ASDVC deletes critics

Aidan Herrick, Puzzles and Games editor

ASDVC members held a special meeting on April 26. There is dispute over whether public notice was given. Karin Jensen/The Inquirer
ASDVC members held a special meeting on April 26. There is dispute over whether public notice was given. Karin Jensen/The Inquirer

The first amendment has a reputation of raising questions regarding limits, such as if the first amendment protects hate speech, or whether or not you can ban certain words or acts of self expression.

Such questions were raised last Wednesday, the 25th, when the student government, ASDVC, deleted posts and comments from the ASDVC Facebook page. DVC Students for a Democratic Society (SdS) was raising concerns over the efficiency and lack of student-awareness of the ASDVC.

The posts and comments were made on Tuesday afternoon, after SdS members witnessed several ASDVC board members doing their homework during an important meeting where the budget was being planned.

SdS was outraged over their posts being deleted, calling it censorship by the student government. They also claim that they have been banned from posting further and have been blocked from the ASDVC group. The student government took the position that the ASDVC Facebook page was not officially endorsed by the ASDVC, and therefore they held no accountability regarding the actions of the ASDVC page.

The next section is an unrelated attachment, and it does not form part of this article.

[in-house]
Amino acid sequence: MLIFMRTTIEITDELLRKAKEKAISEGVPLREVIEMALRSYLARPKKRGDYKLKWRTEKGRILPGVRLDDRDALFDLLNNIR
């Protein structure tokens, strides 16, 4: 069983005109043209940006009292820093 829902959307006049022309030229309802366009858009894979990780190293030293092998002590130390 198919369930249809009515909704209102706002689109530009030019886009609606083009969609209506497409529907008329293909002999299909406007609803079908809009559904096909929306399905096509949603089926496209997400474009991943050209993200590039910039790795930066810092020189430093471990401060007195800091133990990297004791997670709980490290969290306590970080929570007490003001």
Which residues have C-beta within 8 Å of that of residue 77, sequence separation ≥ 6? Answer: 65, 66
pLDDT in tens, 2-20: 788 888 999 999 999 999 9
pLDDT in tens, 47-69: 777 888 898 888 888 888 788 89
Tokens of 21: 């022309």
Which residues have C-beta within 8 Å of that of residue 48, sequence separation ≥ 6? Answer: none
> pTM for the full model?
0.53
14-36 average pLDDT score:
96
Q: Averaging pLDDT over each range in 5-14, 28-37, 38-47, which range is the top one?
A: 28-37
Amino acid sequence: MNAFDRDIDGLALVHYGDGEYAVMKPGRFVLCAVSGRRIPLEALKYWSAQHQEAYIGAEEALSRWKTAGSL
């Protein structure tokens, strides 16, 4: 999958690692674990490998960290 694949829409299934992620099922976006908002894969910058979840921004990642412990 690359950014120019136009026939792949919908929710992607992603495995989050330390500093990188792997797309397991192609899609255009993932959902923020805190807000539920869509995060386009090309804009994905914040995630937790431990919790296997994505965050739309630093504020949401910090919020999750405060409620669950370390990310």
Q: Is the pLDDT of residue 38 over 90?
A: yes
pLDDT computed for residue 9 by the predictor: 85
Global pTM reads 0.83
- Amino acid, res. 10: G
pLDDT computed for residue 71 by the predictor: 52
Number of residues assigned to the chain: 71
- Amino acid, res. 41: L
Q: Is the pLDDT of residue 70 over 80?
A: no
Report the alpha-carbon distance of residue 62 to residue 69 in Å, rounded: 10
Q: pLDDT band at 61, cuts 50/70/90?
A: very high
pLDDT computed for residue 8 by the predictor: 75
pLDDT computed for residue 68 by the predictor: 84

Their stance was that any problems the SdS had on Facebook should be handled by Facebook.

The issue on Facebook however, was not the SdS’s only concern. The SdS has also been critical of the ASDVCs lax attitude regarding some proper procedures. The ASDVC website only has copies of agendas and minutes of their weekly meetings up to December of 2011. This missing information is required to be updated regularly so the public knows where its money is going.

SdS also became extremely concerned regarding a secret meeting that took place Thursday the 26th, wherein several high profile ASDVC members met in a back room to discuss ASDVC business. California law requires that the agenda of a public meeting must be posted at least three days before the meeting takes place. The exception to this rule is when an emergency and special meeting is held which still require a minimum of 24 hours notice.

This meeting that took place on the 26th had received same-day approval.  The meeting was intended to address promotion of the student government, discussing a memorandum of an ASDVC fund for classified staff, and amendments to the ASDVC constitution.

ASDVC meetings are required to be public, and this meeting was no exception. It was sat in on by SdS members Nick Holmes and John Michaelson, who raised questions and took video of the meeting.

The meeting was eventually cancelled as various members the ASDVC that were present felt they should back out of the questionable meeting, though not before Vice President of Legislative Affairs Alex Silva proposed the meeting be made Ad Hoc committee which is a special kind of meeting that has an attendee cap and is reserved for affairs not normally addressed by regular meetings, according to Roberts Rules of Order. This proposal was quickly shot down though, as the business under discussion was regular ASDVC business and could not qualify the meeting for Ad Hoc committee.